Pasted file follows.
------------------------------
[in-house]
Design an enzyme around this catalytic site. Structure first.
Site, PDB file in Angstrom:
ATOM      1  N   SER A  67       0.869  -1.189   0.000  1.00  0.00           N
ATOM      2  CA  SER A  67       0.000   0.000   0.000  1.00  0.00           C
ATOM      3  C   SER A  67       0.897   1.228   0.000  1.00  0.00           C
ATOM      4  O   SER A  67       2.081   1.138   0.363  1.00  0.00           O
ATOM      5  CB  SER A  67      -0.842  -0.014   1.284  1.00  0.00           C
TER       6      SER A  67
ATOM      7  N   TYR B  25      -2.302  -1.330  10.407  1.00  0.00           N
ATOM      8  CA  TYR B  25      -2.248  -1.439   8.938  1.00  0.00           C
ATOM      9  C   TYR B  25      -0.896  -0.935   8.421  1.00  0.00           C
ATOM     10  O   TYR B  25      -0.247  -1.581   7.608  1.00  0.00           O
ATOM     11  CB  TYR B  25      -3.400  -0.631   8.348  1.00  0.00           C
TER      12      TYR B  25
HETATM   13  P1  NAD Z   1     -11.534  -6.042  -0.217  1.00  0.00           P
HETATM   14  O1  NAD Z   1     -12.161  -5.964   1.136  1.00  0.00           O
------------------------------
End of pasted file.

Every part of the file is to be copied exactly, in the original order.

[in-house]
Design an enzyme around this catalytic site. Structure first.
Site, PDB file in Angstrom:
ATOM      1  N   SER A  67       0.869  -1.189   0.000  1.00  0.00           N
ATOM      2  CA  SER A  67       0.000   0.000   0.000  1.00  0.00           C
ATOM      3  C   SER A  67       0.897   1.228   0.000  1.00  0.00           C
ATOM      4  O   SER A  67       2.081   1.138   0.363  1.00  0.00           O
ATOM      5  CB  SER A  67      -0.842  -0.014   1.284  1.00  0.00           C
TER       6      SER A  67
ATOM      7  N   TYR B  25      -2.302  -1.330  10.407  1.00  0.00           N
ATOM      8  CA  TYR B  25      -2.248  -1.439   8.938  1.00  0.00           C
ATOM      9  C   TYR B  25      -0.896  -0.935   8.421  1.00  0.00           C
ATOM     10  O   TYR B  25      -0.247  -1.581   7.608  1.00  0.00           O
ATOM     11  CB  TYR B  25      -3.400  -0.631   8.348  1.00  0.00           C
TER      12      TYR B  25
HETATM   13  P1  NAD Z   1     -11.534  -6.042  -0.217  1.00  0.00           P
HETATM   14  O1  NAD Z   1     -12.161  -5.964   1.136  1.00  0.00           O